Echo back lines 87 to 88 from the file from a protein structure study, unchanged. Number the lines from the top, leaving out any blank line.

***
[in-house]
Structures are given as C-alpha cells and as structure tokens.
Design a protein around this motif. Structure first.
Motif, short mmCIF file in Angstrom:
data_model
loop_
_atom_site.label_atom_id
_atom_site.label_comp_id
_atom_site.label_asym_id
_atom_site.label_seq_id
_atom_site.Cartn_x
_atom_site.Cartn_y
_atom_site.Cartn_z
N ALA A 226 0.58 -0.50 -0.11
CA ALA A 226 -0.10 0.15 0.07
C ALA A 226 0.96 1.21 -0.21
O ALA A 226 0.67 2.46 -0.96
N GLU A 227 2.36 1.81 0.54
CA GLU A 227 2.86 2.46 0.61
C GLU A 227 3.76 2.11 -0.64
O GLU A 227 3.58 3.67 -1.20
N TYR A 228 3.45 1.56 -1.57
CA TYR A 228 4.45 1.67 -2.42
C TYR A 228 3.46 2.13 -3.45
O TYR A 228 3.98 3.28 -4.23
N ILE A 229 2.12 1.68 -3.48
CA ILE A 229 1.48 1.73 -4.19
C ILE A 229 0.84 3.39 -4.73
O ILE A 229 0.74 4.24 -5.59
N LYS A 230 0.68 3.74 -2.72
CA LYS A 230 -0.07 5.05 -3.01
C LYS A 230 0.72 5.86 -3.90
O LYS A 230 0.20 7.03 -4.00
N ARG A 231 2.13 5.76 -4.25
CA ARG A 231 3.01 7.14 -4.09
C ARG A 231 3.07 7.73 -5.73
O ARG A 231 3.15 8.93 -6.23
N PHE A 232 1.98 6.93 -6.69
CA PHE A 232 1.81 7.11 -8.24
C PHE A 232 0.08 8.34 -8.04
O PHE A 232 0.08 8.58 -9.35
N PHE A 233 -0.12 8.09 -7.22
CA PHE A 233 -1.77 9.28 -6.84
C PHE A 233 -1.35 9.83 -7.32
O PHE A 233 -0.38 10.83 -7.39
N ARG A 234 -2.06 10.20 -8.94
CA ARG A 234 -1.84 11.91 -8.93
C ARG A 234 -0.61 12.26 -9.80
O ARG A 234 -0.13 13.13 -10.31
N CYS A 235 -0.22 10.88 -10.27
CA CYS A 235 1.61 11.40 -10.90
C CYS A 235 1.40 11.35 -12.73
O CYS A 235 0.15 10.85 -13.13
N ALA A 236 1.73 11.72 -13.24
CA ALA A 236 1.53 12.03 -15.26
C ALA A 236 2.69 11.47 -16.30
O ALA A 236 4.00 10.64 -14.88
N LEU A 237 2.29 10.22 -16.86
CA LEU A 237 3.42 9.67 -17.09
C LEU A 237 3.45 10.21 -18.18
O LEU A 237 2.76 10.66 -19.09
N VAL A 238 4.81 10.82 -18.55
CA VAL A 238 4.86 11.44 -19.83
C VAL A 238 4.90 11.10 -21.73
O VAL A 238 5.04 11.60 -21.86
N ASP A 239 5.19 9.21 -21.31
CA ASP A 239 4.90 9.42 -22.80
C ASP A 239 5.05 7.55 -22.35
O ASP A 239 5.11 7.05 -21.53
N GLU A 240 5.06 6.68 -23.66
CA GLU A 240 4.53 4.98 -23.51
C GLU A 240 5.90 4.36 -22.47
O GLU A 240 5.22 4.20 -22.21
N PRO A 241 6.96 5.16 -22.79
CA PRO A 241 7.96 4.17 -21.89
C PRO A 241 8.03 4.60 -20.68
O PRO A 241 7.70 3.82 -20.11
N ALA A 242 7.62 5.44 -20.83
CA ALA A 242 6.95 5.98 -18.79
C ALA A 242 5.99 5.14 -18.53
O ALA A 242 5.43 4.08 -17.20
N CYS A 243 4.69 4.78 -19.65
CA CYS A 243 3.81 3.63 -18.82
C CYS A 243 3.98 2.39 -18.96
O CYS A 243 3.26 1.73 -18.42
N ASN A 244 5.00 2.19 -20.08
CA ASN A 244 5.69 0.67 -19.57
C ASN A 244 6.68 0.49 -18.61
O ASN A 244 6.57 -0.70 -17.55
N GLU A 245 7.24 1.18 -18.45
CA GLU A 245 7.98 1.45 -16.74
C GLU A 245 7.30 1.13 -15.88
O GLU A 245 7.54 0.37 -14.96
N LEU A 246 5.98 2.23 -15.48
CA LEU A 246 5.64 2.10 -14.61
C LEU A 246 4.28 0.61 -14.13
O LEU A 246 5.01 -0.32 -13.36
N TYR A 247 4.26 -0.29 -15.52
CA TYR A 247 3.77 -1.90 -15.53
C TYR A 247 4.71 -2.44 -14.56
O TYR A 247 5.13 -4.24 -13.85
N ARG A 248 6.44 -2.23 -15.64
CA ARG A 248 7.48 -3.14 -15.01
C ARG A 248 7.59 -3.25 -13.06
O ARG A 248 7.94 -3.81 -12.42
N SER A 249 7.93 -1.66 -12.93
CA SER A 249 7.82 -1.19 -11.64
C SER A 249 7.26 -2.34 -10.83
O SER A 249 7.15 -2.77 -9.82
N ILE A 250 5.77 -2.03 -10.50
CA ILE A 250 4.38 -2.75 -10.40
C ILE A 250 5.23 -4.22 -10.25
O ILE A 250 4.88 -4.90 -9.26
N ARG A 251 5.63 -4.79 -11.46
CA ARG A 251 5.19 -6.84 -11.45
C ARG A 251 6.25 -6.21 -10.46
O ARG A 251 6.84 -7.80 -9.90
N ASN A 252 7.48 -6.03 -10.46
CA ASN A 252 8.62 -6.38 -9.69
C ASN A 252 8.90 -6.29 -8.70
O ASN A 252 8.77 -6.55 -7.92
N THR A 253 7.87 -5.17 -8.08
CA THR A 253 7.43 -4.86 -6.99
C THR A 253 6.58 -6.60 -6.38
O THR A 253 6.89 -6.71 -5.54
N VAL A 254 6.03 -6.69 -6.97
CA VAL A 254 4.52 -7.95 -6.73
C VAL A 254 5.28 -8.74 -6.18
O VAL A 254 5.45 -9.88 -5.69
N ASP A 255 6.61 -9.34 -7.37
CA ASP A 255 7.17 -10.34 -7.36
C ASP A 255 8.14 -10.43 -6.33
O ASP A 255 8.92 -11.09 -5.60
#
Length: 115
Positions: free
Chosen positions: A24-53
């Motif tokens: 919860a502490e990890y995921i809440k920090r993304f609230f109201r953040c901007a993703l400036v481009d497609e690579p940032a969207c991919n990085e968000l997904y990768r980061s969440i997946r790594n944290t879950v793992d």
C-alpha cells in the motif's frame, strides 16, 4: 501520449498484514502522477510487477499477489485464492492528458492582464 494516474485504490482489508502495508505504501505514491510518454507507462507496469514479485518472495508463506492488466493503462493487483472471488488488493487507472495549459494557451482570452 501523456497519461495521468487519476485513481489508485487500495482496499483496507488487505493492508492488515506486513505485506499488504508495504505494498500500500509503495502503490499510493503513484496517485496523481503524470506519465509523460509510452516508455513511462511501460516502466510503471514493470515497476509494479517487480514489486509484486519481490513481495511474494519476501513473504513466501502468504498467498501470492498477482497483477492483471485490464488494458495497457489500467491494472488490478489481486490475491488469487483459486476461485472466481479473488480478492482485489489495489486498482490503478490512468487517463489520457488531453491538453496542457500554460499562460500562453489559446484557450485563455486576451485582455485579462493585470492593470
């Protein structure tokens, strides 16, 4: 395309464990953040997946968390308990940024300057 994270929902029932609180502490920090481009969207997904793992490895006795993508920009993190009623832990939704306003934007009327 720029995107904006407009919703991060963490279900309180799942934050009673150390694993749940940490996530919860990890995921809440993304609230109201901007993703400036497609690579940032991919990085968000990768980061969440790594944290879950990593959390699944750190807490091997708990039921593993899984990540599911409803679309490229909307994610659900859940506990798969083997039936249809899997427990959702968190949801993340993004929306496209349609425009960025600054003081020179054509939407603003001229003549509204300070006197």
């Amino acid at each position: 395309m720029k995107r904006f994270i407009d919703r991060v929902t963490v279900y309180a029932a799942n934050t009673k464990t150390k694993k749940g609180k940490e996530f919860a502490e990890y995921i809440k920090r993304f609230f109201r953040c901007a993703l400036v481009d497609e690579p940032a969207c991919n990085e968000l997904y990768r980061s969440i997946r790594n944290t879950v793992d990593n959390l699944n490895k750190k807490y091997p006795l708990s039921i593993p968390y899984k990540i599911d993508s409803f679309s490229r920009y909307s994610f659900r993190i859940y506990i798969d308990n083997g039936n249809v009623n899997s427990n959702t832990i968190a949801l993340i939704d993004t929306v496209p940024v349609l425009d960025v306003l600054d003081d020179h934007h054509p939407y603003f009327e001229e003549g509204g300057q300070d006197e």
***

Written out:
CA ASN A 244 5.69 0.67 -19.57
C ASN A 244 6.68 0.49 -18.61